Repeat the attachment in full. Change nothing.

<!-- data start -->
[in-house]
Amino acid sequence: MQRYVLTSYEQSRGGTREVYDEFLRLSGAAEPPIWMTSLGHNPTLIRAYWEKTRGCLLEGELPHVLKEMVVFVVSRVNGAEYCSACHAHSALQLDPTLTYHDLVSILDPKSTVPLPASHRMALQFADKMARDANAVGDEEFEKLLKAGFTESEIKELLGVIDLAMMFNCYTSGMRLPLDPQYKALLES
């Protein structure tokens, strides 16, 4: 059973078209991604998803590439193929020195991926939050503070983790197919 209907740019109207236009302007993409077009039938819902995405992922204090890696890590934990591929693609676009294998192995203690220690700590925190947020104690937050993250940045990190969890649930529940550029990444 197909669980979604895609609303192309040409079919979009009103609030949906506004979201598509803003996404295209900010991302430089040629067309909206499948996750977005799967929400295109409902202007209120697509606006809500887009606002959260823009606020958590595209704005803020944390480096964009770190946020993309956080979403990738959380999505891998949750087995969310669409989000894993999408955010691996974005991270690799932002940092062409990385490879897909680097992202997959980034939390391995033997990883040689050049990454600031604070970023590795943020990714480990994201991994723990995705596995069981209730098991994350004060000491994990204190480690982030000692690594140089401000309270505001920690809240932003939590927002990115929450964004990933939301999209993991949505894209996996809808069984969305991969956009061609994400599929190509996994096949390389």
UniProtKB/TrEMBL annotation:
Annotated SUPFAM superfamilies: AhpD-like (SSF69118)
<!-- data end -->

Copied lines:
[in-house]
Amino acid sequence: MQRYVLTSYEQSRGGTREVYDEFLRLSGAAEPPIWMTSLGHNPTLIRAYWEKTRGCLLEGELPHVLKEMVVFVVSRVNGAEYCSACHAHSALQLDPTLTYHDLVSILDPKSTVPLPASHRMALQFADKMARDANAVGDEEFEKLLKAGFTESEIKELLGVIDLAMMFNCYTSGMRLPLDPQYKALLES
């Protein structure tokens, strides 16, 4: 059973078209991604998803590439193929020195991926939050503070983790197919 209907740019109207236009302007993409077009039938819902995405992922204090890696890590934990591929693609676009294998192995203690220690700590925190947020104690937050993250940045990190969890649930529940550029990444 197909669980979604895609609303192309040409079919979009009103609030949906506004979201598509803003996404295209900010991302430089040629067309909206499948996750977005799967929400295109409902202007209120697509606006809500887009606002959260823009606020958590595209704005803020944390480096964009770190946020993309956080979403990738959380999505891998949750087995969310669409989000894993999408955010691996974005991270690799932002940092062409990385490879897909680097992202997959980034939390391995033997990883040689050049990454600031604070970023590795943020990714480990994201991994723990995705596995069981209730098991994350004060000491994990204190480690982030000692690594140089401000309270505001920690809240932003939590927002990115929450964004990933939301999209993991949505894209996996809808069984969305991969956009061609994400599929190509996994096949390389």
UniProtKB/TrEMBL annotation:
Annotated SUPFAM superfamilies: AhpD-like (SSF69118)